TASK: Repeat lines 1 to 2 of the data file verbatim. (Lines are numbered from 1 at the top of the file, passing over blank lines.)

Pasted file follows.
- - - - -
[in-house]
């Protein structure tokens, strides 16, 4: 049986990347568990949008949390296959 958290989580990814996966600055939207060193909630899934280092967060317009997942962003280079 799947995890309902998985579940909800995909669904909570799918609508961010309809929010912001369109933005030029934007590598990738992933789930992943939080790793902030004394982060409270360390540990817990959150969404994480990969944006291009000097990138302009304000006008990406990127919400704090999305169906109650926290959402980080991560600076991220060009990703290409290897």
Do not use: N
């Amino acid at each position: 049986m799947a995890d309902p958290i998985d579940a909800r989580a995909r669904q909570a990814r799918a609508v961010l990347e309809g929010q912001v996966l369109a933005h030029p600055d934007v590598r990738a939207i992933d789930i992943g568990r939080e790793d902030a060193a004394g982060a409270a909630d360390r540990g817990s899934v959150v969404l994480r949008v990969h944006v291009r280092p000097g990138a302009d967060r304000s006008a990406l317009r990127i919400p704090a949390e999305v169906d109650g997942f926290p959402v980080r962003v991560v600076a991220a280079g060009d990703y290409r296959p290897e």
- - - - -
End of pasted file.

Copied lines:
[in-house]
């Protein structure tokens, strides 16, 4: 049986990347568990949008949390296959 958290989580990814996966600055939207060193909630899934280092967060317009997942962003280079 799947995890309902998985579940909800995909669904909570799918609508961010309809929010912001369109933005030029934007590598990738992933789930992943939080790793902030004394982060409270360390540990817990959150969404994480990969944006291009000097990138302009304000006008990406990127919400704090999305169906109650926290959402980080991560600076991220060009990703290409290897």